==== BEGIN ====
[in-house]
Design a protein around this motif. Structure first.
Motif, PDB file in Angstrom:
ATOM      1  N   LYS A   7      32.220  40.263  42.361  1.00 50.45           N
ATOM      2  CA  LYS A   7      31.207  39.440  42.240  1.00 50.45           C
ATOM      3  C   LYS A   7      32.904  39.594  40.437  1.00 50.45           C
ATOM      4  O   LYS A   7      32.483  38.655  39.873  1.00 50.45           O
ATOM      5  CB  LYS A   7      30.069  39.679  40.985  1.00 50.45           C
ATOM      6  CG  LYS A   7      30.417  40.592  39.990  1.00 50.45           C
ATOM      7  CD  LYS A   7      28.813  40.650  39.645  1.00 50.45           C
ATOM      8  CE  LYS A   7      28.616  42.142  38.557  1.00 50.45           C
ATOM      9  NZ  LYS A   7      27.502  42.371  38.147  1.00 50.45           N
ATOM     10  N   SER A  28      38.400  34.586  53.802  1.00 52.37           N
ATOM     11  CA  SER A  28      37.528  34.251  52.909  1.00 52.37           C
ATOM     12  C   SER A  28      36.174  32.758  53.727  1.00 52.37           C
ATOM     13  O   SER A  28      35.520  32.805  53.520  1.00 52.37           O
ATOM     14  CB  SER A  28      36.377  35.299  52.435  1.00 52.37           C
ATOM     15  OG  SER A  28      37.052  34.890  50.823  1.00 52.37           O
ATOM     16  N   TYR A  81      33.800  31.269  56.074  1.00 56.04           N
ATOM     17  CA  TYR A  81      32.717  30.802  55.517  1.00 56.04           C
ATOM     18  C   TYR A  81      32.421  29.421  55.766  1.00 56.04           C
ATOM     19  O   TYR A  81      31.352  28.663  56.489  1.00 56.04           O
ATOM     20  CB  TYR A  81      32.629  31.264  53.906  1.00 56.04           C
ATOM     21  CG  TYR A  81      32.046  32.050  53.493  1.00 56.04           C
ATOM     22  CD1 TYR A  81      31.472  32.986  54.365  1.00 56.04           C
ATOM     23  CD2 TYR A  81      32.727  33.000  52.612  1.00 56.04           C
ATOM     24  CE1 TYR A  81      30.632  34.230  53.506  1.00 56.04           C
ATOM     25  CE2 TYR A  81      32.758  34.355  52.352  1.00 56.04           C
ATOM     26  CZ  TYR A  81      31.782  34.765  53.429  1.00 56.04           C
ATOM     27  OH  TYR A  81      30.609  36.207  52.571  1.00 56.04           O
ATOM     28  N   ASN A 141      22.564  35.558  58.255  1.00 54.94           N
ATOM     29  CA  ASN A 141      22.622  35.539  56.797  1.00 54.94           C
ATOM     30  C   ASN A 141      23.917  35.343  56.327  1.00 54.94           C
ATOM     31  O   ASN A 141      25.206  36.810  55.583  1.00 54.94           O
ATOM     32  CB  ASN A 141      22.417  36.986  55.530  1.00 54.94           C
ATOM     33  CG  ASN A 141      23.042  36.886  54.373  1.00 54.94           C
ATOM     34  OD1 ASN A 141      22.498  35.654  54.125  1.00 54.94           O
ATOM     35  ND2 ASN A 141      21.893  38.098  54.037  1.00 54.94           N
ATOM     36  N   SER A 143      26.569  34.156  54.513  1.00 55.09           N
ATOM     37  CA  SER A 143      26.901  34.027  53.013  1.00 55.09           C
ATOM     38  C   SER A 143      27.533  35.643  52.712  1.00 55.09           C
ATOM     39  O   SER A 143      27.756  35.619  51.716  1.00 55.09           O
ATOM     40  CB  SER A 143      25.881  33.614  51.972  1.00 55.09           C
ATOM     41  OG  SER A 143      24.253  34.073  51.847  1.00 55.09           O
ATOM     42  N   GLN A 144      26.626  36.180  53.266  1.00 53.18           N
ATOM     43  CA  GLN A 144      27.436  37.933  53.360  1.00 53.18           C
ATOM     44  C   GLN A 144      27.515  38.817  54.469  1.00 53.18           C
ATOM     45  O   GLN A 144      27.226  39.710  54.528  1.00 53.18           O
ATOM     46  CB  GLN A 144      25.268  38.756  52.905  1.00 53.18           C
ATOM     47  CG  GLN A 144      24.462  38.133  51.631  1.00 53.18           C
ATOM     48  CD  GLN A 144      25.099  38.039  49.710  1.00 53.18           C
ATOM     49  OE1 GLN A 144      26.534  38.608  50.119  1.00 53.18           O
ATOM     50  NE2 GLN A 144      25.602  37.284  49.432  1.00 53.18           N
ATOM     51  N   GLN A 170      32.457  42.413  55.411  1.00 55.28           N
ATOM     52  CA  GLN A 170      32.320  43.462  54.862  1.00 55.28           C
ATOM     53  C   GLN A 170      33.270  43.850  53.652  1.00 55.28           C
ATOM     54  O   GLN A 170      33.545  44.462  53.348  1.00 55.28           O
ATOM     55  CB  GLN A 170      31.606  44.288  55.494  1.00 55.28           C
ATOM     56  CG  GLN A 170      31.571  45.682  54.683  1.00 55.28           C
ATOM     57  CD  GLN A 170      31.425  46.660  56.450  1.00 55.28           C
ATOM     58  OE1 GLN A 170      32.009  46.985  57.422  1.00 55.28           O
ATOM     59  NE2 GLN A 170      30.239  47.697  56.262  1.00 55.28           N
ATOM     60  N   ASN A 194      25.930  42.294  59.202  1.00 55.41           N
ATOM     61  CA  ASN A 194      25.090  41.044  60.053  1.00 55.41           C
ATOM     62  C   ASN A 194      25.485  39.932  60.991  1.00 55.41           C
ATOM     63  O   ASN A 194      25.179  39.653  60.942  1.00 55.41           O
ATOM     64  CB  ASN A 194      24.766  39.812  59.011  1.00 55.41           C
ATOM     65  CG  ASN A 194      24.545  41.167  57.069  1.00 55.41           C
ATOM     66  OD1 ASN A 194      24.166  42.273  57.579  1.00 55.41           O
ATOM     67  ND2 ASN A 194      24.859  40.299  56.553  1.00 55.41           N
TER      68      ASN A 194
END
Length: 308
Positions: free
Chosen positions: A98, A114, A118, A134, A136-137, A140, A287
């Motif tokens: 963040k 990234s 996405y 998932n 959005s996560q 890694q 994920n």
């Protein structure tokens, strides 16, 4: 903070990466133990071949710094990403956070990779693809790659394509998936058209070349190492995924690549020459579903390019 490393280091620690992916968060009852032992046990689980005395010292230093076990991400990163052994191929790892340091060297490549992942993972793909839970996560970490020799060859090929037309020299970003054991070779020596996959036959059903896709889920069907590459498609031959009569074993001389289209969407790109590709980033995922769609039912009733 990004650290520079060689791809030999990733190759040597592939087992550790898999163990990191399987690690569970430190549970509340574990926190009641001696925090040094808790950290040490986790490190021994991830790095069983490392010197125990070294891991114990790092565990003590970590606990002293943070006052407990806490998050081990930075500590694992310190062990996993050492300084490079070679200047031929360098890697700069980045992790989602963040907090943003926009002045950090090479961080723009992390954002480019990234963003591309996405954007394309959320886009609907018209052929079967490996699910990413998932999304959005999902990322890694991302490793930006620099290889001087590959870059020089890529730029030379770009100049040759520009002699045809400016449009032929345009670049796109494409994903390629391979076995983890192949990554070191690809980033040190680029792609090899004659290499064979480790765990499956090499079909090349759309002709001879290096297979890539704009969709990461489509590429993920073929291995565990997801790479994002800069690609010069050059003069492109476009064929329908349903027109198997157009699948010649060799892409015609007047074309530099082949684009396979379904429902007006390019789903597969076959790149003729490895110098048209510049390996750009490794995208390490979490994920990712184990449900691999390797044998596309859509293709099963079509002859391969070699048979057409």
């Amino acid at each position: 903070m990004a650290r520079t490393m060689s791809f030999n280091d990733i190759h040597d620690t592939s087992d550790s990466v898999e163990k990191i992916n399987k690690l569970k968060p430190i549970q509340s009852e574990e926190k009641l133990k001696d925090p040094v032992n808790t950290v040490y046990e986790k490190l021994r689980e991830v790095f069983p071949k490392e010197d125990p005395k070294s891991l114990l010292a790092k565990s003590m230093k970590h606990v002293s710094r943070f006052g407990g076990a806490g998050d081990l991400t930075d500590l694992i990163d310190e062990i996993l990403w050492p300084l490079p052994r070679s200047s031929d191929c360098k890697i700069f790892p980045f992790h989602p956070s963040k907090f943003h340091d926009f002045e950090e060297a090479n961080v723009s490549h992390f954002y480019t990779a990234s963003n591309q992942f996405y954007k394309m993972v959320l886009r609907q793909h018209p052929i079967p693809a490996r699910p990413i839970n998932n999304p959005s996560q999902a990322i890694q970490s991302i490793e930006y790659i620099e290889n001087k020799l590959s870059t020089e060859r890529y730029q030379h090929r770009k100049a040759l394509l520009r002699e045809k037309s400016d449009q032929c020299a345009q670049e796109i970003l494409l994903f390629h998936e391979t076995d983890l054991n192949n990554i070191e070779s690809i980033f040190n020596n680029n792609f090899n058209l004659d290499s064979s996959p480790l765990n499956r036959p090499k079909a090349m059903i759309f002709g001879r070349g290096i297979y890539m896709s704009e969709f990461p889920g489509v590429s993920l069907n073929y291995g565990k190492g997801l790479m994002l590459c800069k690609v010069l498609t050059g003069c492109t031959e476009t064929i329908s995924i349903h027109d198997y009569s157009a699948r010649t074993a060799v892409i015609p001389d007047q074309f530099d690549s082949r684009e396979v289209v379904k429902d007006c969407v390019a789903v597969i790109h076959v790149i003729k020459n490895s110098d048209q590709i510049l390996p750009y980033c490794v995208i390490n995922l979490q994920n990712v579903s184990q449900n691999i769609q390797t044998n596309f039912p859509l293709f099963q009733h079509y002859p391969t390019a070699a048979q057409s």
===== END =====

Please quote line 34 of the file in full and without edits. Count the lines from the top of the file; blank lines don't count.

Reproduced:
ATOM     31  O   ASN A 141      25.206  36.810  55.583  1.00 54.94           O